Wednesday, December 12, 2012

Puzzle Project VII: Fast and Furious

December 12

Jibran would always finish the math assignments really fast, toss it our way and then proceed to dance around the room, poking and prodding the other children who were still trying to finish their work. He was five years old when I first started volunteering at the SOS Village, and over the next couple of years I learned that he was the sort of little boy I needed to give two math worksheets while most other kids got one, he was the one I had to get on my side to help hand out sweets so that he wouldn’t wreak havoc running around, grabbing as much candy as would fit in his tiny palms.

I started volunteering at the SOS Village in Lahore in my freshman year, which also happened to be the year the terrible earthquake struck across Pakistan, devastating individual lives and entire communities. A few families sought help with the SOS Village – children who had lost either both or one parent were sent through a series of SOS locations, till finally they came to rest in Lahore. Not quite the beautiful mountainous area these kids were used to…

I think of the literature and research I have been immersed in for the past year, what the academia knows about children who have been through traumatic events like natural disasters, losing their loved ones, and then the added trauma of being removed from everything you know to a foreign environment. I think of the “behavior problems” that this trauma manifests in and I wonder how those beautiful children at the orphanage survived. The almost complete lack of mental health facilities, or even recognition of what they had been through and the long term impacts of it – and yet. Yet Jibran was the most wiry little resilient creature ever. He was at the center along with his elder sister and two elder brothers. He was small but man, he had a big temper.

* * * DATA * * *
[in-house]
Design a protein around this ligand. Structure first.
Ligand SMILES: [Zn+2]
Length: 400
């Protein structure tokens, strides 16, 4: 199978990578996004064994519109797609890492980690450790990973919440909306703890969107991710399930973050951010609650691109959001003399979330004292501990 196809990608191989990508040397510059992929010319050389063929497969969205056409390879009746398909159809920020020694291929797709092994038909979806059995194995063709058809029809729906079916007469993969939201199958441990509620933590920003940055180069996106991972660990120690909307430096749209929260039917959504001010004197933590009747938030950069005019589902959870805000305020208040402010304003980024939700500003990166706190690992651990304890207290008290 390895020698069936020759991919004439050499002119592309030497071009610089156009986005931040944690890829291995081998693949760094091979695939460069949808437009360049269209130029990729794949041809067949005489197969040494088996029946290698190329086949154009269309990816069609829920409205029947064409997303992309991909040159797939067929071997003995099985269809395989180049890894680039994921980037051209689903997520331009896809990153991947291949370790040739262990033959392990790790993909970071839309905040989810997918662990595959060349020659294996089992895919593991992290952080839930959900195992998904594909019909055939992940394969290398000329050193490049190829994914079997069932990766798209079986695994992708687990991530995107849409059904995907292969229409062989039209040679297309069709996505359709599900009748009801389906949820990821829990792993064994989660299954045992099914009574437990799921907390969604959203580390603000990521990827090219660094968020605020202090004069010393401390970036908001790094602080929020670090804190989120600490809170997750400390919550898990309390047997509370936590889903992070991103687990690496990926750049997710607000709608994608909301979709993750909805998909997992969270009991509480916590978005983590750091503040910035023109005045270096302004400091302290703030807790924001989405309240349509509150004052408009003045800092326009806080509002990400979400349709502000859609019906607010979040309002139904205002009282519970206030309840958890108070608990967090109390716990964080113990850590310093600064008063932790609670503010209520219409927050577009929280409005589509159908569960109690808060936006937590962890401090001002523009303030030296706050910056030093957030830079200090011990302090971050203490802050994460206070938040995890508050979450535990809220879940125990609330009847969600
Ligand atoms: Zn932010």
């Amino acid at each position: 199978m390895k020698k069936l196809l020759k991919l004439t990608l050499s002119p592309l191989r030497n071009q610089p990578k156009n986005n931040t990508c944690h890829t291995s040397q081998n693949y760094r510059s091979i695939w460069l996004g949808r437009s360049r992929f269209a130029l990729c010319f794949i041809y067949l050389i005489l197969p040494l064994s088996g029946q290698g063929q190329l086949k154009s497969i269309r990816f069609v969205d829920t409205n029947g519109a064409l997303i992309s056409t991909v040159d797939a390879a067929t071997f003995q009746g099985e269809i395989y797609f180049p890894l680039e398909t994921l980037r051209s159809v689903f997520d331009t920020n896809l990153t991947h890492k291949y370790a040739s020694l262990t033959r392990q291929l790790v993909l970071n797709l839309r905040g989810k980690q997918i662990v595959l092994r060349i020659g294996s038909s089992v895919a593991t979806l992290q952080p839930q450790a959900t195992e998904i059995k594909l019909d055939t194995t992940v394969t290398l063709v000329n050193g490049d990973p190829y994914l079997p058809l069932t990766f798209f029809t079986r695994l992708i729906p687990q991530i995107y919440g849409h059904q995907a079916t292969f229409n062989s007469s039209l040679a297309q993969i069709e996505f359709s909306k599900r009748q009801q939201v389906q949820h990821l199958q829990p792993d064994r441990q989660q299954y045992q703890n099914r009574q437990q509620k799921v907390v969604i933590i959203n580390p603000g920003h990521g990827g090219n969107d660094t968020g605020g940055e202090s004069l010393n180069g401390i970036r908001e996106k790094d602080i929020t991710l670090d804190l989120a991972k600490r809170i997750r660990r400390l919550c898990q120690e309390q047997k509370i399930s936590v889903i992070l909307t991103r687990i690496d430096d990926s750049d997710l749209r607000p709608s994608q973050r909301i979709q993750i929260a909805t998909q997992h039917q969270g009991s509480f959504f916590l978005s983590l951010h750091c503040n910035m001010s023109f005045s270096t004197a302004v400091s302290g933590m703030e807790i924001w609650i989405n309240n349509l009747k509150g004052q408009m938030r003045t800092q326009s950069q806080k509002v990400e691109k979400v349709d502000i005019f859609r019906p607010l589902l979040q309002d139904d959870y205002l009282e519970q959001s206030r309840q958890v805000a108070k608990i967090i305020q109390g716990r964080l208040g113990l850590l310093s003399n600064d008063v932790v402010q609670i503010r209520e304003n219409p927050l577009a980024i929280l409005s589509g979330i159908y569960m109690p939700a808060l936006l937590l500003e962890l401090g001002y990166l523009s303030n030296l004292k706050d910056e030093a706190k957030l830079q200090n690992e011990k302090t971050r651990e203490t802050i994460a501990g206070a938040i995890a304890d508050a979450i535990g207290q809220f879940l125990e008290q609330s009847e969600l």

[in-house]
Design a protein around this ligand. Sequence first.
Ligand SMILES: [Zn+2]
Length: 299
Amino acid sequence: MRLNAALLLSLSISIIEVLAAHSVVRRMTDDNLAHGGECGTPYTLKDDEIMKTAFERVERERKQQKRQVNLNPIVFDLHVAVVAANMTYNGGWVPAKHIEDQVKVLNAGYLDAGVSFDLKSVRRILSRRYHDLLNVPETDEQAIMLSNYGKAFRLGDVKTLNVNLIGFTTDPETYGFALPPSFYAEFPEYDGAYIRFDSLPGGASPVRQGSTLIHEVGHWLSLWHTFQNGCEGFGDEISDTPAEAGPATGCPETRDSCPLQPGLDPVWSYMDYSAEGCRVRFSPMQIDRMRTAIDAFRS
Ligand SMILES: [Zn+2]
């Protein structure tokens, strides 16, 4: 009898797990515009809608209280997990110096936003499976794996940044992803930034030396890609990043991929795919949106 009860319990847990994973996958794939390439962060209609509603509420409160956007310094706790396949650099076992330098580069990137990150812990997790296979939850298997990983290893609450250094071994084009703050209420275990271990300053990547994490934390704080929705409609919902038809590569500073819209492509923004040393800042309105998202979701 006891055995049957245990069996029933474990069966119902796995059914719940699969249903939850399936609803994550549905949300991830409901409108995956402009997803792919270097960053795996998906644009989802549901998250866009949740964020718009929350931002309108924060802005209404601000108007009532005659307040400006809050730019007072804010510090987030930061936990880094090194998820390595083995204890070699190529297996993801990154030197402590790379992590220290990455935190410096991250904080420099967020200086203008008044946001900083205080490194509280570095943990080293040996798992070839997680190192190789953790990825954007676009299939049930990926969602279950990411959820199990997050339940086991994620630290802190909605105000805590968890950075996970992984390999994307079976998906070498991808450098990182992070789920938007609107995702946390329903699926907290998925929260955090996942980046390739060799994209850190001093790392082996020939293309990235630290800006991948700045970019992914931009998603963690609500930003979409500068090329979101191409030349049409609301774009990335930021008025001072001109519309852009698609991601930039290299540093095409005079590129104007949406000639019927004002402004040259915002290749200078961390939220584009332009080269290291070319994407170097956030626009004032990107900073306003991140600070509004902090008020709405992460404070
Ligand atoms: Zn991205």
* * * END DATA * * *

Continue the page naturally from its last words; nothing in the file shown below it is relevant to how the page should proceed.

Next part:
He would get really angry and his eyebrows would furrow and he would run away, or mess things up, or he would shout and say he didn’t want to do anything with us. But he was also the sweetest little boy who would help out with the activities, and every now and then, say something that would just melt my heart. And I have to admit, when the grumpiness was the result of a missed visit, I would always feel a guilty happiness. “Why didn’t you guys come last Sunday?” and a stalk out or refusal to partake in that day’s activity would ensue till amends were made.

Jibran loved to run, and play cricket but you should really let him bat first. Like most of the kids, he wanted to be the “captain” when we played kho-kho and then choose the first teammate. He would of course choose his buddies Talal and Ikhlaq first, even though I always wanted to split the three up because together they were quite the terrible trio. Jibran was the obvious leader in the group and if I wanted the other two little ones to listen, I really only had to concentrate on Jibran.
Jibran was really smart, he loved math and his coloring would always stay in the lines. He did well in school and he was good with the other kids. And in so many ways, he was just another adorable kid. He loved paints, he loved it when anyone got a camera out and there would ensue a battle to be in front of everyone else even if that meant a face mushed right into the lens, he loved Shahid Afridi, he liked cartoons and it was not always easy to convince him to play kho-kho. When we brought in hardboiled eggs to paint over, he was one of the little boys to peel the egg and eat it.

Jibran lost both his parents in the earthquake and he lived with several of his peers in that center. He was still young enough to sleep in the rooms with the elder girls, and if he wanted, he could put up some of the artwork he made on the room walls.